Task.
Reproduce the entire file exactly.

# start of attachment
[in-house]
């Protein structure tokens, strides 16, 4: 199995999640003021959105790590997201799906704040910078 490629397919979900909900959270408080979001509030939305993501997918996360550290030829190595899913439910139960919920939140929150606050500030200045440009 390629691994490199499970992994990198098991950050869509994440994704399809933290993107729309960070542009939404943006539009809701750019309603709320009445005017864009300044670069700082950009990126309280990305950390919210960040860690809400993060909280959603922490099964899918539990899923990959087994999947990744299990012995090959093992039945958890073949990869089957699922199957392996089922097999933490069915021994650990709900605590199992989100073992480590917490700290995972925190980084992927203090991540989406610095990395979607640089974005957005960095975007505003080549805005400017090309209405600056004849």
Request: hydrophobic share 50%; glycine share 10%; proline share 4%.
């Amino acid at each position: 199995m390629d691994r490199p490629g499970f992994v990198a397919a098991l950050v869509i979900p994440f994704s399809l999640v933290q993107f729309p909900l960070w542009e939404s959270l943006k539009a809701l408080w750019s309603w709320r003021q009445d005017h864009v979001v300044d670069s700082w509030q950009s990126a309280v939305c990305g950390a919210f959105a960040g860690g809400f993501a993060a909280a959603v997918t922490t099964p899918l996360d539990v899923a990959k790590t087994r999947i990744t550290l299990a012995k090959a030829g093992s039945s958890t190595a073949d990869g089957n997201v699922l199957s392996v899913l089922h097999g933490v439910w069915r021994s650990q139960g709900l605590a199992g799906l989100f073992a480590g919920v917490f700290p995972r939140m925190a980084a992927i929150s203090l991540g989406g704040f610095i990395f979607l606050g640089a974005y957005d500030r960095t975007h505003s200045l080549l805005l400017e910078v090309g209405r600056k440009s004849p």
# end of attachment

[in-house]
């Protein structure tokens, strides 16, 4: 199995999640003021959105790590997201799906704040910078 490629397919979900909900959270408080979001509030939305993501997918996360550290030829190595899913439910139960919920939140929150606050500030200045440009 390629691994490199499970992994990198098991950050869509994440994704399809933290993107729309960070542009939404943006539009809701750019309603709320009445005017864009300044670069700082950009990126309280990305950390919210960040860690809400993060909280959603922490099964899918539990899923990959087994999947990744299990012995090959093992039945958890073949990869089957699922199957392996089922097999933490069915021994650990709900605590199992989100073992480590917490700290995972925190980084992927203090991540989406610095990395979607640089974005957005960095975007505003080549805005400017090309209405600056004849």
Request: hydrophobic share 50%; glycine share 10%; proline share 4%.
């Amino acid at each position: 199995m390629d691994r490199p490629g499970f992994v990198a397919a098991l950050v869509i979900p994440f994704s399809l999640v933290q993107f729309p909900l960070w542009e939404s959270l943006k539009a809701l408080w750019s309603w709320r003021q009445d005017h864009v979001v300044d670069s700082w509030q950009s990126a309280v939305c990305g950390a919210f959105a960040g860690g809400f993501a993060a909280a959603v997918t922490t099964p899918l996360d539990v899923a990959k790590t087994r999947i990744t550290l299990a012995k090959a030829g093992s039945s958890t190595a073949d990869g089957n997201v699922l199957s392996v899913l089922h097999g933490v439910w069915r021994s650990q139960g709900l605590a199992g799906l989100f073992a480590g919920v917490f700290p995972r939140m925190a980084a992927i929150s203090l991540g989406g704040f610095i990395f979607l606050g640089a974005y957005d500030r960095t975007h505003s200045l080549l805005l400017e910078v090309g209405r600056k440009s004849p």